Peer Grouping in An Adverse Selection Model
This paper develops an adverse selection model which uncovers two mechanisms whereby Grameen-style peer grouping systems can trigger lower interest rates. In one extreme scenario, where participant borrowers do not have prior information about the type of their peers, lower interest rate are triggered by a `collateral effect'. In the opposite scenario, where participant borrowers have perfect knowledge about their peers, lower interest rates are triggered by a `self selection' effect. Because of the latter effect, peer grouping can be viewed as a mechanism for banks to extract information from borrowers. The existence of the former effect implies, however, that information extraction by banks necessary for peer grouping systems to succeed in reducing interest rates, and that peer grouping systems are potentially implementable beyond the sphere of village economies with perfect information.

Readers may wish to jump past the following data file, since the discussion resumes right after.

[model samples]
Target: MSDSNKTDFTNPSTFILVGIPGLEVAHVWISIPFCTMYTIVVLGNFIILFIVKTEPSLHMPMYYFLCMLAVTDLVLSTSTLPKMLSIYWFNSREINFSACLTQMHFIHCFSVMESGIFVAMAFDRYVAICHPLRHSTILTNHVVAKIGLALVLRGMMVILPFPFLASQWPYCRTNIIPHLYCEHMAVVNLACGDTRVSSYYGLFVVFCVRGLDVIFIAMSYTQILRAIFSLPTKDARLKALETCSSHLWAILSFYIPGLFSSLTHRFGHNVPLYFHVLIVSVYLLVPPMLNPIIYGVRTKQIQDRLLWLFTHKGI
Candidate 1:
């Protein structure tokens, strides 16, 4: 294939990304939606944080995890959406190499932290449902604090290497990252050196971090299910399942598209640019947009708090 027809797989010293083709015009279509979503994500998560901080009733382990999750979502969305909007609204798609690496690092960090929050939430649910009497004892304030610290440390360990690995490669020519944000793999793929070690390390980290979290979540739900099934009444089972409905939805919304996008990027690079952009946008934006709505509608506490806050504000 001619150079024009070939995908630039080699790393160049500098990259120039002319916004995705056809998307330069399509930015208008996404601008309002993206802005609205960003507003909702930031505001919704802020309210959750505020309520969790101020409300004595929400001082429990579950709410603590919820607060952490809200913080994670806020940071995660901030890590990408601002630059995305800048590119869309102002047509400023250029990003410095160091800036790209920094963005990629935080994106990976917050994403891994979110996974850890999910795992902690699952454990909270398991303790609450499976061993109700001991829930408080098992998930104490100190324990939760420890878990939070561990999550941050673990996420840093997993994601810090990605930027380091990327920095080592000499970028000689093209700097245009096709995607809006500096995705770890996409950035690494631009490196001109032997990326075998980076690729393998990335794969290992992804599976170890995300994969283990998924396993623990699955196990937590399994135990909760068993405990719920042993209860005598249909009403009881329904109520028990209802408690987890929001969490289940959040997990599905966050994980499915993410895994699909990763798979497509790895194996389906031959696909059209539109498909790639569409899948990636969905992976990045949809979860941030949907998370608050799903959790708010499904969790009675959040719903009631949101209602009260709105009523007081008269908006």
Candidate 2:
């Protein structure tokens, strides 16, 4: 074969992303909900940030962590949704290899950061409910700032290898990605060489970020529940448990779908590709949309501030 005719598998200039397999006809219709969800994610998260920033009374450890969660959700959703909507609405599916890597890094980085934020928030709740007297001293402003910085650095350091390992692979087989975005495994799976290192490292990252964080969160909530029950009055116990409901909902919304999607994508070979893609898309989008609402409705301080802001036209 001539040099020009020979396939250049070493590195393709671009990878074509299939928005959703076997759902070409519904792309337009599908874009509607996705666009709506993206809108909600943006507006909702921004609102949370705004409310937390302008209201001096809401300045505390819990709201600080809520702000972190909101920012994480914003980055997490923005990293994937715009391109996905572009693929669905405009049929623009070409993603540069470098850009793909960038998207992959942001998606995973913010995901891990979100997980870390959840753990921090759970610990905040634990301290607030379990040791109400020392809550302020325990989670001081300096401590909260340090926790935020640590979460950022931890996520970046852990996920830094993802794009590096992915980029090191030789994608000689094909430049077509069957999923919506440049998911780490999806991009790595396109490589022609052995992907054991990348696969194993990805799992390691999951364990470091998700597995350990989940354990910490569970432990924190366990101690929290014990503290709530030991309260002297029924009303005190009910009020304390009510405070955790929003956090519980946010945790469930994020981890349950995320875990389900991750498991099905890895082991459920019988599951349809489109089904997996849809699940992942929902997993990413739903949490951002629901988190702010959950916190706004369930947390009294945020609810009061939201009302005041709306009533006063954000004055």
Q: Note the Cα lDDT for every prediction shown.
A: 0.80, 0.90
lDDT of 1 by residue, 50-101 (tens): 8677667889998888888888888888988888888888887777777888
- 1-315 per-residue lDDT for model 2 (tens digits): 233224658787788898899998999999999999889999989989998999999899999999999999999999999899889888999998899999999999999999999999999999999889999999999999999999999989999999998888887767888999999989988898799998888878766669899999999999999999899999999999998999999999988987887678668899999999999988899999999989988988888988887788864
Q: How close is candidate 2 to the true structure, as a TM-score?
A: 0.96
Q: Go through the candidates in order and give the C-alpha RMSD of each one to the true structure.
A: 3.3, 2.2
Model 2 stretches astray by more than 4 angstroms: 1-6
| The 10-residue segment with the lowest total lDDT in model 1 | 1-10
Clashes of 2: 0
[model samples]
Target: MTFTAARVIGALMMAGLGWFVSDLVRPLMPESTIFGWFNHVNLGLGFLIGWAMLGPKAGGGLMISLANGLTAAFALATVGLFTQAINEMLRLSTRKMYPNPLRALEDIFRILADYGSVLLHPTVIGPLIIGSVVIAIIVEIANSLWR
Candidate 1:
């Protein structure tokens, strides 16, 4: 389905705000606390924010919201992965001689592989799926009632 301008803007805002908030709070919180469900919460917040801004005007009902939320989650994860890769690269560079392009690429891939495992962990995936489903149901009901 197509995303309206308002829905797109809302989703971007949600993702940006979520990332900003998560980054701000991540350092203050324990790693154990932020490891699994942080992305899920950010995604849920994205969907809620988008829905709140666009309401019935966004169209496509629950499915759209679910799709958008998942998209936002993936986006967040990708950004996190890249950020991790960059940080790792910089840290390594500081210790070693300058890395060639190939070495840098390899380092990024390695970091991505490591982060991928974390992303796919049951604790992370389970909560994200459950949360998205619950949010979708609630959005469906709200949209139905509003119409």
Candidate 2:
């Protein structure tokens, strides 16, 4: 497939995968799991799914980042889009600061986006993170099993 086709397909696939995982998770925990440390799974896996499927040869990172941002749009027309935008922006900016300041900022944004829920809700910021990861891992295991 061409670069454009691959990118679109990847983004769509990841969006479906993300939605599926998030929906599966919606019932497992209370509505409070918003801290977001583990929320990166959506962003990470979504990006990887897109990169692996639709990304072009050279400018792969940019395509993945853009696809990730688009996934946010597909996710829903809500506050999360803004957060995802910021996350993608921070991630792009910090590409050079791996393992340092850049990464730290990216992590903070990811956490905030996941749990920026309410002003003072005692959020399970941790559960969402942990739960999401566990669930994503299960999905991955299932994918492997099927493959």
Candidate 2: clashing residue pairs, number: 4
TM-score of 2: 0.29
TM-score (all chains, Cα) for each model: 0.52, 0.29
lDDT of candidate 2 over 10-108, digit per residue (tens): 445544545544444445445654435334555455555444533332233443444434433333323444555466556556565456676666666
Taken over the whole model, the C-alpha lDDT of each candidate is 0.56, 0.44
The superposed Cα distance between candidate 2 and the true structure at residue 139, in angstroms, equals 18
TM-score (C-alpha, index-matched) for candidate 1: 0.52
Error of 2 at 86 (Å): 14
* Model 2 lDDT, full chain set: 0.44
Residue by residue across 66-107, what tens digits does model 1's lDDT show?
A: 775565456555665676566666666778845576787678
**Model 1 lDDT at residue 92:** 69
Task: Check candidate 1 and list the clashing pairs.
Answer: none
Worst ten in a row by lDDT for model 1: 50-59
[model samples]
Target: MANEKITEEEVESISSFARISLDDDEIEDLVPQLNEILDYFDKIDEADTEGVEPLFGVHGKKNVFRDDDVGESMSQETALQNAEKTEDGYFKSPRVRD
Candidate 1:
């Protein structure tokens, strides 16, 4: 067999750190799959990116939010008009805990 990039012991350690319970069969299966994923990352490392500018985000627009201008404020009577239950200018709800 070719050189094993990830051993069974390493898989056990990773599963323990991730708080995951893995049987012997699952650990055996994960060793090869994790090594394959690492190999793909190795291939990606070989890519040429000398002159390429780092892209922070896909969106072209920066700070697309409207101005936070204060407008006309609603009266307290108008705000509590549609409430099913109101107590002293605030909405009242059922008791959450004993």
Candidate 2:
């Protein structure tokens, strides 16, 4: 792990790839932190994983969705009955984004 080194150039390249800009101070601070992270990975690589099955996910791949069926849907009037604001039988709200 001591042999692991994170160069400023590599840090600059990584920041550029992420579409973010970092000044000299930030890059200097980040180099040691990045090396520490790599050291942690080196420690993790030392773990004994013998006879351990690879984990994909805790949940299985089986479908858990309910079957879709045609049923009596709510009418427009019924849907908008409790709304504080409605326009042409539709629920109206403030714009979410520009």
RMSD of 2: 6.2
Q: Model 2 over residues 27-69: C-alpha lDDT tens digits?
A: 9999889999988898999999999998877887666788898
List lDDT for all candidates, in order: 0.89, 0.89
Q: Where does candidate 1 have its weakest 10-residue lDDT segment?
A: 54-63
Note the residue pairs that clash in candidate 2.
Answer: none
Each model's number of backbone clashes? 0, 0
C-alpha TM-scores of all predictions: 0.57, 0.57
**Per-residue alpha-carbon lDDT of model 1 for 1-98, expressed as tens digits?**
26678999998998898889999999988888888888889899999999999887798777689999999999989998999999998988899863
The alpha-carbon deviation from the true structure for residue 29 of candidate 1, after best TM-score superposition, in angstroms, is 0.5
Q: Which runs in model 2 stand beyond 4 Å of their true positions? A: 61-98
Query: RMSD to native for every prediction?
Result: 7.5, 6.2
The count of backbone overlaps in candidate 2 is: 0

|Date of creation:||Nov 1996|
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Web page: http://www.ucl.ac.uk/economics/
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